Originall published at Progressive Railroading.
The Canadian government on Wednesday announced the completion of an expansion project at Ashcroft Terminal in Ashcroft, British Columbia, that's designed to improve the flow of goods by rail.
The terminal is located on CN and Canadian Pacific mainlines that feed into Port Metro Vancouver. The project, which began in February 2013, involved enhancements to the connection to CP's mainline, with additional rail-car storage, transload facilities and support tracks. The improvements will enable the terminal to more efficiently handle industrial, mining and agricultural products, resulting in shipments moving more quickly through the rail corridor, government officials said in a press release.
"The expansion project has allowed Ashcroft Terminal to provide an alternative to truck traffic to help reduce congestion and greenhouse-gas emissions," said Robert Landucci, the terminal's chief executive officer.
Originally published by the Government of Canada
More competitive options for Asia-Pacific Gateway shippers
Ashcroft, British Columbia - The Government of Canada today announced the completion of Ashcroft Terminal’s Expansion project, which will improve the flow of goods by rail, and give local industry a competitive edge in international trade.
The newly completed terminal expansion project — announced today by Mark Strahl, Member of Parliament for Chilliwack—Fraser Canyon, on behalf of the Honourable Lisa Raitt, Minister of Transport — added a 1,500-metre enhanced connection to the mainline with additional railcar storage, transload facilities and support tracks. These improvements will help the terminal to more efficiently handle manufacturing, industrial and mining materials, and agricultural products. They will also allow shipments to move more quickly through the rail corridor.
Originally published in BC Business.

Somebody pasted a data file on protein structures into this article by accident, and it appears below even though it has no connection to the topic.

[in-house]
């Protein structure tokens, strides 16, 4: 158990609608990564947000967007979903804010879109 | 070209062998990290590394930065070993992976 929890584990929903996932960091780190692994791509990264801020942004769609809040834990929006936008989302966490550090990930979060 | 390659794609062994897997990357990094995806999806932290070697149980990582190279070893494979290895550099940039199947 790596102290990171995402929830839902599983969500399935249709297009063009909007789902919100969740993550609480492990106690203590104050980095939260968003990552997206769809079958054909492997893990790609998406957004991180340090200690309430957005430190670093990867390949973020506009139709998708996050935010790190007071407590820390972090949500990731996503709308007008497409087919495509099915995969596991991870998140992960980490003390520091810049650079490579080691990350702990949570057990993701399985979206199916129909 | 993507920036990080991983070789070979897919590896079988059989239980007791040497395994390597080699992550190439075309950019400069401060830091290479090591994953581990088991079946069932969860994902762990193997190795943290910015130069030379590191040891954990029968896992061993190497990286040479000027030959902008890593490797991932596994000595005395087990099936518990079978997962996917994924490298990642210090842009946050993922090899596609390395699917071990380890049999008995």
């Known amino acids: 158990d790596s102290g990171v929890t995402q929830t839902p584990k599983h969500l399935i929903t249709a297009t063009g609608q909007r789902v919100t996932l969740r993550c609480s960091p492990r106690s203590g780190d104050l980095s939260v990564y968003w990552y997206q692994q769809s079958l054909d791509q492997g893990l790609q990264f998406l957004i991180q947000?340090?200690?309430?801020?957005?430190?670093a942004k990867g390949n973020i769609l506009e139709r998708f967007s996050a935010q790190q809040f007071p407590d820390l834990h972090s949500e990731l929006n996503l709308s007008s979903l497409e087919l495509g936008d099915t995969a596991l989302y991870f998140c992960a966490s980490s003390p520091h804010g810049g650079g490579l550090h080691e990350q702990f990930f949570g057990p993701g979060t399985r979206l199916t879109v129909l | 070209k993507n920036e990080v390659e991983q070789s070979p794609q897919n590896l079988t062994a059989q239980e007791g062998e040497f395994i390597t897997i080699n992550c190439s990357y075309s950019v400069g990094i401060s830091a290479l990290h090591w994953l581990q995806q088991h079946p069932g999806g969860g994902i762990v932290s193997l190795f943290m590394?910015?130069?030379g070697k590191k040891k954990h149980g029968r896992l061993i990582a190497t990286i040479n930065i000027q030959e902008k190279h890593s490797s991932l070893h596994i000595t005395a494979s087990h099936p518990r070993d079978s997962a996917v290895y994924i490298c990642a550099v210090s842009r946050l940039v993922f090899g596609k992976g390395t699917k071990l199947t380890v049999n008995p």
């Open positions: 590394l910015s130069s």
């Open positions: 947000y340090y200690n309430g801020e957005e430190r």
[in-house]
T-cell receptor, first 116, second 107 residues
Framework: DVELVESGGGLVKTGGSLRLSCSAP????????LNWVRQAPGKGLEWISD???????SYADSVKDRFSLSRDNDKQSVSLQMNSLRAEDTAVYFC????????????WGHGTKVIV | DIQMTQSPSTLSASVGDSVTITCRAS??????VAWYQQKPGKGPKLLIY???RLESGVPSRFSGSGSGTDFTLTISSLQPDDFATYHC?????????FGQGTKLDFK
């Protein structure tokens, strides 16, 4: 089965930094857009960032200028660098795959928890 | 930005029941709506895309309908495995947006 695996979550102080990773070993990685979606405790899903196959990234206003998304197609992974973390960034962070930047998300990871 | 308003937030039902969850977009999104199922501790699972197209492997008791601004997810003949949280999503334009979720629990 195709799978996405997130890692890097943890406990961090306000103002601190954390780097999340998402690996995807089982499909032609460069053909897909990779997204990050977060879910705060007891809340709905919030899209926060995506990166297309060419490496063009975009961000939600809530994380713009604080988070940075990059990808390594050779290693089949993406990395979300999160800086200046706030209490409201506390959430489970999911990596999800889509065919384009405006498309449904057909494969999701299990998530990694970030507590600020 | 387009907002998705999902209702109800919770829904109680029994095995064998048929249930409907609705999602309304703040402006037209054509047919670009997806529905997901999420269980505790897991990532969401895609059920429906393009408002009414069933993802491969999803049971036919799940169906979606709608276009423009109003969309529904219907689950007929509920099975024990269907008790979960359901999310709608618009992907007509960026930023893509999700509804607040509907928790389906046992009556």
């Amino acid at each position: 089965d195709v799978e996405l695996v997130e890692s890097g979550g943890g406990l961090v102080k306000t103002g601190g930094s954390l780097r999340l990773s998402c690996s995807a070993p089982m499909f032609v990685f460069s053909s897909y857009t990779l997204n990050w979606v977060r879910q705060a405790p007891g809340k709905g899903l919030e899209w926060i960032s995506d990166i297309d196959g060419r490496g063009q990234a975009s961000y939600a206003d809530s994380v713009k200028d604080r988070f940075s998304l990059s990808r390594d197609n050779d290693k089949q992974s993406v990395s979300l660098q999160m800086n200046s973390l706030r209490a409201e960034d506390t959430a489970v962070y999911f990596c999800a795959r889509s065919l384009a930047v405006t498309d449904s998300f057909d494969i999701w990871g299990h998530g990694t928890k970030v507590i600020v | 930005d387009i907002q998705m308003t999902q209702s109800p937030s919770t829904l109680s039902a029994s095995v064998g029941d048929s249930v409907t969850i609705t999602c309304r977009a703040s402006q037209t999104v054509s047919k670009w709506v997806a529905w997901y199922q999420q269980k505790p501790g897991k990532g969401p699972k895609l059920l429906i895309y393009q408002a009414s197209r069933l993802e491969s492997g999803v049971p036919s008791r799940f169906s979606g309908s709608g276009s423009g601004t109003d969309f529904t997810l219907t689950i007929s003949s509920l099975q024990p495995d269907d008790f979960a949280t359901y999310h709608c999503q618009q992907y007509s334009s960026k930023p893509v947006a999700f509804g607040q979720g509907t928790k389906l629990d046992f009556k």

As developers face new demands from global logistics firms and run up against finite resources, it’s time to move beyond old debates about warehouses versus crops and find innovative ways to accommodate industry on scarce land.
There were high-fives all around last December when Transportation and Infrastructure Minister Todd Stone presided over the long-awaited opening of the South Fraser Perimeter Road. After five years of construction, a key piece of the puzzle was finally in place, transforming the Lower Mainland into a transportation hub that would link our ports and rail yards with manufacturers, exporters and consumers the world over.
There’s just one problem, though. As we build our transportation infrastructure, we also need land—and lots of it—to manufacture, store and sort all those materials and goods that are moving through our province. And land is at a distinct premium in the Lower Mainland.
Industry was long ago squeezed out of prime urban waterfront real estate by commercial and residential development: the sawmills that once lined the shores of False Creek and Coal Harbour have been replaced by forests of condos and offices. Forced to the urban periphery, industrial developers are now feeling the squeeze as they run up against agricultural land, much of it preserved by legislation.
Originally Published in the Ashcroft Cache Creek Journal
Ashcroft Terminal began a new stage over the weekend as new switches were installed to divert rail cars onto sidings on the industrial property.
“It means we can quintuple our capacity,” said owner Bob Landucci on Oct. 12 as he watched heavy equipment remove a section of CP rails to make way for the premade section of rail containing the switch,, worth about $600,000. “We’ve been waiting for this for seven years.”
Until now, CP has had to park its cars on the main rail as they were being loaded or unloaded, which lead to cars sitting on the track in Ashcroft, sometimes for long periods of time.
Metro Vancouver directors are calling on the port authority to agree not to turn scarce farmland into more shipping terminals.
The port is redrawing its land use plan and has proposed to designate six special study areas – four in Richmond, one in Pitt Meadows and one in Vancouver – that could be considered for future port-related use.
Metro's regional planning and agriculture committee voted Tuesday to object to any potential future use of agricultural land by for port purposes.